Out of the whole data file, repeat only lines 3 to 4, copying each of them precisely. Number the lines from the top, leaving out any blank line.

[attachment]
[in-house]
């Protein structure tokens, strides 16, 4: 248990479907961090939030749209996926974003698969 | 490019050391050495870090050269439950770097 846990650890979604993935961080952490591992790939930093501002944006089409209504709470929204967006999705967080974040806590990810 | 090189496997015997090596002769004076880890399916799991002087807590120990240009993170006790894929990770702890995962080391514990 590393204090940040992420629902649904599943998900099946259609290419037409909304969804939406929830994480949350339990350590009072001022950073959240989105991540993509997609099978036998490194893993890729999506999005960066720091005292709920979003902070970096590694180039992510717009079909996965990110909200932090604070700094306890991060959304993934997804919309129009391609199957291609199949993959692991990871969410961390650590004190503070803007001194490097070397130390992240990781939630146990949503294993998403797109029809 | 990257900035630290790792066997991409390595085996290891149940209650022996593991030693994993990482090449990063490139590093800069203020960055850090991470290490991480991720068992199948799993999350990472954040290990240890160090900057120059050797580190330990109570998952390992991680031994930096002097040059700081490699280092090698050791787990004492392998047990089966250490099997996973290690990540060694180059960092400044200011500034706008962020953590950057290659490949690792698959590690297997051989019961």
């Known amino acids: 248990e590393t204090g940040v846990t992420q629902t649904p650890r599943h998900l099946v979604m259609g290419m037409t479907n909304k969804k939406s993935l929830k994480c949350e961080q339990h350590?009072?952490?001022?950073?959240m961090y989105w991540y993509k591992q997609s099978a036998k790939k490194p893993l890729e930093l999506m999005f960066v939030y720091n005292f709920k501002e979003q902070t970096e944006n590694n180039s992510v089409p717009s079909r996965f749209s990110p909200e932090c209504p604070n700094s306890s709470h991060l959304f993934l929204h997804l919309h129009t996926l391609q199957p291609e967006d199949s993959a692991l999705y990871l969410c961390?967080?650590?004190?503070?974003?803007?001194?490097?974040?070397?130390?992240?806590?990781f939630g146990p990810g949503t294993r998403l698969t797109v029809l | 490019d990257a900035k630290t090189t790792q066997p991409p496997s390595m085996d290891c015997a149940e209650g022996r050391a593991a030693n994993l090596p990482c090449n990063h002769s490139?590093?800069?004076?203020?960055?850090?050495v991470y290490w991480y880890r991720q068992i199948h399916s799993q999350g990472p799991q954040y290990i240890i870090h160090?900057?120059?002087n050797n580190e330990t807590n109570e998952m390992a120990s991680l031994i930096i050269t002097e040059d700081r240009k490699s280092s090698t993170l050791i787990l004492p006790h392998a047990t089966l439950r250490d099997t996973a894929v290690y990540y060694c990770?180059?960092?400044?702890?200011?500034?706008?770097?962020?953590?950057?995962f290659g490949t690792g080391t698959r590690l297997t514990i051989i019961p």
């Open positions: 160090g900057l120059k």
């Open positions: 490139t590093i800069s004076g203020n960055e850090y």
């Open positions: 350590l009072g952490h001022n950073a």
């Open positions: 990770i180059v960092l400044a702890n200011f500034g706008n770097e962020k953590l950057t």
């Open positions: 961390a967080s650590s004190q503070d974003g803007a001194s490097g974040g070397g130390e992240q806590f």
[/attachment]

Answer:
């Known amino acids: 248990e590393t204090g940040v846990t992420q629902t649904p650890r599943h998900l099946v979604m259609g290419m037409t479907n909304k969804k939406s993935l929830k994480c949350e961080q339990h350590?009072?952490?001022?950073?959240m961090y989105w991540y993509k591992q997609s099978a036998k790939k490194p893993l890729e930093l999506m999005f960066v939030y720091n005292f709920k501002e979003q902070t970096e944006n590694n180039s992510v089409p717009s079909r996965f749209s990110p909200e932090c209504p604070n700094s306890s709470h991060l959304f993934l929204h997804l919309h129009t996926l391609q199957p291609e967006d199949s993959a692991l999705y990871l969410c961390?967080?650590?004190?503070?974003?803007?001194?490097?974040?070397?130390?992240?806590?990781f939630g146990p990810g949503t294993r998403l698969t797109v029809l | 490019d990257a900035k630290t090189t790792q066997p991409p496997s390595m085996d290891c015997a149940e209650g022996r050391a593991a030693n994993l090596p990482c090449n990063h002769s490139?590093?800069?004076?203020?960055?850090?050495v991470y290490w991480y880890r991720q068992i199948h399916s799993q999350g990472p799991q954040y290990i240890i870090h160090?900057?120059?002087n050797n580190e330990t807590n109570e998952m390992a120990s991680l031994i930096i050269t002097e040059d700081r240009k490699s280092s090698t993170l050791i787990l004492p006790h392998a047990t089966l439950r250490d099997t996973a894929v290690y990540y060694c990770?180059?960092?400044?702890?200011?500034?706008?770097?962020?953590?950057?995962f290659g490949t690792g080391t698959r590690l297997t514990i051989i019961p």
């Open positions: 160090g900057l120059k």